I was hoping that my explanation made her privy to my smarts, which in turn would make her wet, and result with us in my friend's bedroom (much to my friends dismay, I'm sure), her legs wrapped around my waist while she yelled "tell me more about colonization!" and "fuck me harder!", her legs tightening their grip on my waist as I complied. Instead her boyfriend showed up to pick her up. She said her goodbyes, and I watched as she walked down the steps to her boyfriend's car, her left buttock rising, followed by her right one with each step she took.

I reflected, because, even though at the time Rosie's insight about Aztecs and Catholicism threw me for a loop, at some point I was Rosie and even my aunt for that matter. I was ignorant about my history as a Mexican, let alone my history as a Mexican-American, or now as a Xicano. You see Rosie was thinking about Mexicans as we are in the present. Understanding that Aztecs come from Mexico, she related them to us in the present, because she seemed to believe that they were practicing the wrong religion or worshiping the wrong deity. Her sense of Catholicism/religion was overriding her sense of history, and so she wasn't making the connection between the past and the present; she seemed to assume, that everyone from Mexico always practiced Catholicism. It was interesting to think about that interaction with her. But again, I was just like that, I always presumed that as a Mexican we were all Catholics I never wondered about our history. I was by no means a critical thinker, or at least I didn't consider myself one. And like my tia, I assumed I was just Mexican and that was it, but I wasn't adamant about not knowing our history like her. But imagine how blown away I was when I learned about the Spaniards that came over, and about how we as present day Mexicans came to be, then eventually I learned about the Chicano Movement. It took a while for me to learn our history from colonization to our present situations, and it wasn't until arriving at college and taking Chicano/a Studies courses that I gained some historical consciousness. Nonetheless I think I just find it interesting that generation-ally we can be without knowledge about our history, sometimes by choice, and other times innocently through complacency, because we accept that we are just Mexican and that's it. I'm not sure how I managed to make this about Chicano/a Studies again.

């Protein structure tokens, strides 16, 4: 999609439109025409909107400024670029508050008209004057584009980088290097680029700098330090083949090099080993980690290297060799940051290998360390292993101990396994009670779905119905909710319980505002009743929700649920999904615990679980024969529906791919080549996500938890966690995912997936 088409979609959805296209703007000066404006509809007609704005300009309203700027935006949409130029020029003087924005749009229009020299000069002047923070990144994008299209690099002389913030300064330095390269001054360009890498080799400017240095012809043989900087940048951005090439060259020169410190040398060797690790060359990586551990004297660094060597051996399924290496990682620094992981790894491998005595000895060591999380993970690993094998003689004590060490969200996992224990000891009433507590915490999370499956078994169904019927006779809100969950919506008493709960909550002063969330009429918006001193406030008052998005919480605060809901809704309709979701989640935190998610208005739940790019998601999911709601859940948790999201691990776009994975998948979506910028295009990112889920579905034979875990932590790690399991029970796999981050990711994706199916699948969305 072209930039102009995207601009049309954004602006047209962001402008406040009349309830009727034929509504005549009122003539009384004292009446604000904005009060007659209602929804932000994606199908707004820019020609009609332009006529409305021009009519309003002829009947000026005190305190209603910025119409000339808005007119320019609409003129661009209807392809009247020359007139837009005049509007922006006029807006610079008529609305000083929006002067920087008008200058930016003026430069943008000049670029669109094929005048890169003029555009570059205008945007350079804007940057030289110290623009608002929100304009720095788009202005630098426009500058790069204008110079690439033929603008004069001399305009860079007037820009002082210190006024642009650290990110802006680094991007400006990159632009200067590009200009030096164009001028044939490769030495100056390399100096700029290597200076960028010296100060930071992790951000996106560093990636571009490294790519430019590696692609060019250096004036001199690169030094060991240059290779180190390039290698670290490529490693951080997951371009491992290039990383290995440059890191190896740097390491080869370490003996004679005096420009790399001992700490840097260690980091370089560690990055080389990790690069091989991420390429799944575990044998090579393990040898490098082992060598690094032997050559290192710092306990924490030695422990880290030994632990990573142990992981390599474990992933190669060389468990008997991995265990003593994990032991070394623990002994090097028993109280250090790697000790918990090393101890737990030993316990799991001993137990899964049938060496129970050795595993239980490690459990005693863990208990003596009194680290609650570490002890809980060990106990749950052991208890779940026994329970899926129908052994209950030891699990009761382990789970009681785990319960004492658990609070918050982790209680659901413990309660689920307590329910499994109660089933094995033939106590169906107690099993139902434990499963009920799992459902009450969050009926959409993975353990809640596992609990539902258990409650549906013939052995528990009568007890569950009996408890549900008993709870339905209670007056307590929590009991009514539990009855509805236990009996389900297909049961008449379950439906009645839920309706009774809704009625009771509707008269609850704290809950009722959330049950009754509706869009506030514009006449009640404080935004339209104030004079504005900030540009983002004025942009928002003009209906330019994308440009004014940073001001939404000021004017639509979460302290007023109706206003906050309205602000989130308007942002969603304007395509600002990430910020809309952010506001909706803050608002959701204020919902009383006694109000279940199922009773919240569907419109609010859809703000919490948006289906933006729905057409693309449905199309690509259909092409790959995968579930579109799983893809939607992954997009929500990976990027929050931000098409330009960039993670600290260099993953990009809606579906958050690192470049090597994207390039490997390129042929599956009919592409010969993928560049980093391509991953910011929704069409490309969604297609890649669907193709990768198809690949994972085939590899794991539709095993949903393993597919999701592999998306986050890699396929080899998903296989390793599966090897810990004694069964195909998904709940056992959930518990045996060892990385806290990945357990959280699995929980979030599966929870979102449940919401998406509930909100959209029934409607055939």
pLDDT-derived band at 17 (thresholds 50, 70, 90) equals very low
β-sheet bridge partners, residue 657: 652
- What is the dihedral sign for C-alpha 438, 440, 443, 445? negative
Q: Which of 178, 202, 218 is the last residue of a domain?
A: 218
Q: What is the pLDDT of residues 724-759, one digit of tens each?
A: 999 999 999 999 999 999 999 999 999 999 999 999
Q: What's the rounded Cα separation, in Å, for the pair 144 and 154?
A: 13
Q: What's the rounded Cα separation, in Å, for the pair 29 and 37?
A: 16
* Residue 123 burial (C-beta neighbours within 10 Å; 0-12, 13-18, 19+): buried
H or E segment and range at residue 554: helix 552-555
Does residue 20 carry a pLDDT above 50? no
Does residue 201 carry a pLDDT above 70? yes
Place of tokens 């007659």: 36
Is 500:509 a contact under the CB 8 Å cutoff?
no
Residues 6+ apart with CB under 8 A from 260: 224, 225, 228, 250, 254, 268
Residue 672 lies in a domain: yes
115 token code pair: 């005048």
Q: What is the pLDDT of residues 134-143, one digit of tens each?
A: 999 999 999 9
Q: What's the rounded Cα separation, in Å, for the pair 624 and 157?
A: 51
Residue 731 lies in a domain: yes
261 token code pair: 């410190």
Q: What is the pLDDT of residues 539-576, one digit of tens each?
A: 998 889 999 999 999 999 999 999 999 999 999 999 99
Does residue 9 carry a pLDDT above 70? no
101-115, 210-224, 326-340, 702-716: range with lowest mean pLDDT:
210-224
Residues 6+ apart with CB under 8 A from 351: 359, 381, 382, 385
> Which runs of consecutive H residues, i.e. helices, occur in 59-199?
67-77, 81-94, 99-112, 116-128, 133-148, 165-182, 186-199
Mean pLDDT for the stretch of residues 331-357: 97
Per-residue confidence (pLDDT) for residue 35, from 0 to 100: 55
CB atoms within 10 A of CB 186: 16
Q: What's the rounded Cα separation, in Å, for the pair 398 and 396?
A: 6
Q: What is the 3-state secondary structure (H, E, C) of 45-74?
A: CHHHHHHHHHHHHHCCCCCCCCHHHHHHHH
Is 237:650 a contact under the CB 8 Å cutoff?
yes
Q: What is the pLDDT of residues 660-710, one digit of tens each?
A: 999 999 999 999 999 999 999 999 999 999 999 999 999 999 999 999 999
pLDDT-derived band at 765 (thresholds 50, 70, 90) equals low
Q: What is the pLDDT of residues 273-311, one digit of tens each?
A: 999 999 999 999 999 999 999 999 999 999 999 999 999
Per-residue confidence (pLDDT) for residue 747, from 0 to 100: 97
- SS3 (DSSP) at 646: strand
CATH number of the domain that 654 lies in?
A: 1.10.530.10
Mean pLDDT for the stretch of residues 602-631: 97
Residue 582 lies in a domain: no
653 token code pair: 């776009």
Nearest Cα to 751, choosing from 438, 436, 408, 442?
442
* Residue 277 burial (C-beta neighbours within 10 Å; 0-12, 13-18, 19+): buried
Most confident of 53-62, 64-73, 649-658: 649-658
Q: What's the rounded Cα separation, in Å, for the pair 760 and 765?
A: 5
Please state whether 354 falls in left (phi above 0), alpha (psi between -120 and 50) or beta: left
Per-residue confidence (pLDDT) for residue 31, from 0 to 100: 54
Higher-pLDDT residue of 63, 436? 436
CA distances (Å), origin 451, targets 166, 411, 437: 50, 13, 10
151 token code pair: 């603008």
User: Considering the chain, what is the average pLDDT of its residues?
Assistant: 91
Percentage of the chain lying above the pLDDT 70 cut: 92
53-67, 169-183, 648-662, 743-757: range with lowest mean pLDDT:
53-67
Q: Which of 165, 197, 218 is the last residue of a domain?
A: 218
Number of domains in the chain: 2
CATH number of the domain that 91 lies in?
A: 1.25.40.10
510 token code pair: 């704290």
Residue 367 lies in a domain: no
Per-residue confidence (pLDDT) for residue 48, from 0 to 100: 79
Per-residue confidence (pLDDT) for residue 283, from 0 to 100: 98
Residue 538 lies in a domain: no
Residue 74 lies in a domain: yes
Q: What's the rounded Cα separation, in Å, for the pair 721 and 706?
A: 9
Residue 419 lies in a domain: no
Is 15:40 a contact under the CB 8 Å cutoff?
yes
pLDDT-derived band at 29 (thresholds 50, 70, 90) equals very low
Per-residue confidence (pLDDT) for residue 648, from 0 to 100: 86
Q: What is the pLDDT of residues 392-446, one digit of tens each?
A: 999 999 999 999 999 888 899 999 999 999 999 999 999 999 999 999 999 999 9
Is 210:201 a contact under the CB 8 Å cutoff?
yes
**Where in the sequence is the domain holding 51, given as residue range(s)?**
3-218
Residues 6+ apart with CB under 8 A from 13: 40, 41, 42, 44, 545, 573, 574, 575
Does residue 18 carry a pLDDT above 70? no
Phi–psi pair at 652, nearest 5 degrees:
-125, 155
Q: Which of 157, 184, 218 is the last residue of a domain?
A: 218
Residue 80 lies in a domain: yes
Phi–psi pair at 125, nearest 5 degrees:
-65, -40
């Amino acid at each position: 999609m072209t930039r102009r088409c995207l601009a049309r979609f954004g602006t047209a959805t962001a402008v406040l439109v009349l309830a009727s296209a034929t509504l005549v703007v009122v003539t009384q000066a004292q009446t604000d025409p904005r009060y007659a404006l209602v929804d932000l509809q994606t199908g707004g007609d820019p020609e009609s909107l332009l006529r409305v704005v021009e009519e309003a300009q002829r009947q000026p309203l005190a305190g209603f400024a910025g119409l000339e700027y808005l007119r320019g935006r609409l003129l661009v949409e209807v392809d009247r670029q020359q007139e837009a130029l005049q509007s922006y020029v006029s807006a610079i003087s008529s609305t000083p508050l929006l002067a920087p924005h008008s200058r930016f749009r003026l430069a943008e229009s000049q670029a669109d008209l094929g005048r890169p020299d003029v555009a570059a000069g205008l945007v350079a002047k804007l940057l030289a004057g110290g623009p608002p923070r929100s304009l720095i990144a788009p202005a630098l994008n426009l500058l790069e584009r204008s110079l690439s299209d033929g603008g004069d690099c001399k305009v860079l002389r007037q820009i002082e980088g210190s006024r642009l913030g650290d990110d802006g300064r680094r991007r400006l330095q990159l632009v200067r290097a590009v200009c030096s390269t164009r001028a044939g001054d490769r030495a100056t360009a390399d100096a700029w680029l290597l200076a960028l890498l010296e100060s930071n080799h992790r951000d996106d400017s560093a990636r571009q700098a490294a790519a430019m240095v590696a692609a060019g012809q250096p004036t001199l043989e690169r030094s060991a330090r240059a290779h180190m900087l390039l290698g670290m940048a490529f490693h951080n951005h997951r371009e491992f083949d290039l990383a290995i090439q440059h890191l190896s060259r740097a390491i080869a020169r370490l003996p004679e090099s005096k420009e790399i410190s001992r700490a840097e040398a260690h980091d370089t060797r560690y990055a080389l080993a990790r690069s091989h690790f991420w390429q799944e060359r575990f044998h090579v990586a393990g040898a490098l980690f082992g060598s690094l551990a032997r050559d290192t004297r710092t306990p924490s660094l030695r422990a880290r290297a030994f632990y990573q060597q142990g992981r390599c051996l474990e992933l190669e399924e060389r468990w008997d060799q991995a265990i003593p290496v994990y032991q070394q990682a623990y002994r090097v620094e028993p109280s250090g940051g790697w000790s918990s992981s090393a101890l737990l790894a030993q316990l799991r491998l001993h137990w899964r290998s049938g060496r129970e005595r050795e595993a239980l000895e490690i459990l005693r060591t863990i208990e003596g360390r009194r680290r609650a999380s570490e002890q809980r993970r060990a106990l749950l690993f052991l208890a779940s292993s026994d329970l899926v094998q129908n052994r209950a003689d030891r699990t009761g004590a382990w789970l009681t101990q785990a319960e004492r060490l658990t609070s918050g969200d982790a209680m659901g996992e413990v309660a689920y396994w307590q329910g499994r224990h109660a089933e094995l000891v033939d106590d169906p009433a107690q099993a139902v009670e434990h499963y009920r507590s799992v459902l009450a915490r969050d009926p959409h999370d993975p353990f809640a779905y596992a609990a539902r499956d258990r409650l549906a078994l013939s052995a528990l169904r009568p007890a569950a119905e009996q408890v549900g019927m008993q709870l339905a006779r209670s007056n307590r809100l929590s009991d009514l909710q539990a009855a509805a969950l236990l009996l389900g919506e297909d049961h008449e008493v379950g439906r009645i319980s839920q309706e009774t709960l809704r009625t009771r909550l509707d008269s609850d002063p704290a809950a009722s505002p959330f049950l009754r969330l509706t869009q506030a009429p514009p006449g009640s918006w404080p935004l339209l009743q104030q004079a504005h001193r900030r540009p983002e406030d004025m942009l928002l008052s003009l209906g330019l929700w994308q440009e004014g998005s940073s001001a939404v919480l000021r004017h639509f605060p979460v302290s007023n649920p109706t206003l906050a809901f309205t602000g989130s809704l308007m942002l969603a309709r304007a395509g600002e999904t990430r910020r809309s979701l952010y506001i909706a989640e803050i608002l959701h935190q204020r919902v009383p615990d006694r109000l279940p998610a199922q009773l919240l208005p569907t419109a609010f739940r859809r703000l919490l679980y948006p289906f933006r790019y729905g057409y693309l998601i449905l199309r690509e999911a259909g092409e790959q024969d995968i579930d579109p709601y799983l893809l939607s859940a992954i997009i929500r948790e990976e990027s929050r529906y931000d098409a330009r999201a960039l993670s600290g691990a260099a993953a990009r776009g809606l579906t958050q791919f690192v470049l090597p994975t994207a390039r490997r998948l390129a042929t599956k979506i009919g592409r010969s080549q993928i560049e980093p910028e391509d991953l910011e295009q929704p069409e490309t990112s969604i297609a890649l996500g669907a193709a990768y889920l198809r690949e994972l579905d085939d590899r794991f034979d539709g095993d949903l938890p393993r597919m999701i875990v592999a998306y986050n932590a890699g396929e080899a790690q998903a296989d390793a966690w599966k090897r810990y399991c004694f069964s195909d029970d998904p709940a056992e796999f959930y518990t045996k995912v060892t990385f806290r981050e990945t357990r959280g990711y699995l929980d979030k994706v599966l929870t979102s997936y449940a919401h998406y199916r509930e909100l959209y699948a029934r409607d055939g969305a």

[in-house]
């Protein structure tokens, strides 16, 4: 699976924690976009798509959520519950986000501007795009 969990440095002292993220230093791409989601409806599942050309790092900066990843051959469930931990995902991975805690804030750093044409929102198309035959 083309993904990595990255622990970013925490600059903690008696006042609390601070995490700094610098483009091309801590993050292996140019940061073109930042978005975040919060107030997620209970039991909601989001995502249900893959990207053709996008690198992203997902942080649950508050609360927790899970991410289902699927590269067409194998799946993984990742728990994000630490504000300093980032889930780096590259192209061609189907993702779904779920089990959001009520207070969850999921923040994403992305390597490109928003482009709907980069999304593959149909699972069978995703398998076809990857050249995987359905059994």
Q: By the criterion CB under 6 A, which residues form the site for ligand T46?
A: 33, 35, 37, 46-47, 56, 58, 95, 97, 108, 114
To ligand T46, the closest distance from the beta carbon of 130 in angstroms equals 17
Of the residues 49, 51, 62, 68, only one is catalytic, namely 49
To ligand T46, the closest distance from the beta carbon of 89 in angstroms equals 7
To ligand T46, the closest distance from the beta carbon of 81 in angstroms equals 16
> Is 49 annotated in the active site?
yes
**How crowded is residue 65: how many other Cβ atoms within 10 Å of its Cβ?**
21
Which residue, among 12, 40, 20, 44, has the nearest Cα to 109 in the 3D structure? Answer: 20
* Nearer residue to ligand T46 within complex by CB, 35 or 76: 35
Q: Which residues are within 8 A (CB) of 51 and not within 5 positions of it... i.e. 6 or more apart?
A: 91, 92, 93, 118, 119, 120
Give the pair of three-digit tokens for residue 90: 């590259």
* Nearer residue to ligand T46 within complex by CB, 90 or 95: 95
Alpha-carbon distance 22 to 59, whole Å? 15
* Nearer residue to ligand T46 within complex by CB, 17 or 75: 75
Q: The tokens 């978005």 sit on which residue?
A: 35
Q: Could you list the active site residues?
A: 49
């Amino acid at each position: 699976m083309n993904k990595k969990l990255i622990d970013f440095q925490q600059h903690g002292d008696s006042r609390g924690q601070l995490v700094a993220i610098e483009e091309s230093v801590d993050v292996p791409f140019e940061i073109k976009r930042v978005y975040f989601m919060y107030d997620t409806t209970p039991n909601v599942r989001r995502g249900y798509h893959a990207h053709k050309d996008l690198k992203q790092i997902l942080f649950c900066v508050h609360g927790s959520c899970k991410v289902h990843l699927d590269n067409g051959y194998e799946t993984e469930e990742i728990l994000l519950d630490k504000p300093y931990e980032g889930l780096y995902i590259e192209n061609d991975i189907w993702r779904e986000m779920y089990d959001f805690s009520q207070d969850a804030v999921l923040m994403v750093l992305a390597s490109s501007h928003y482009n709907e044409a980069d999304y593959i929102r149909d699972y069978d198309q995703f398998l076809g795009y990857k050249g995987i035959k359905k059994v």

Having written this, I sigh, because I miss Rosie's legs.

XX
c/s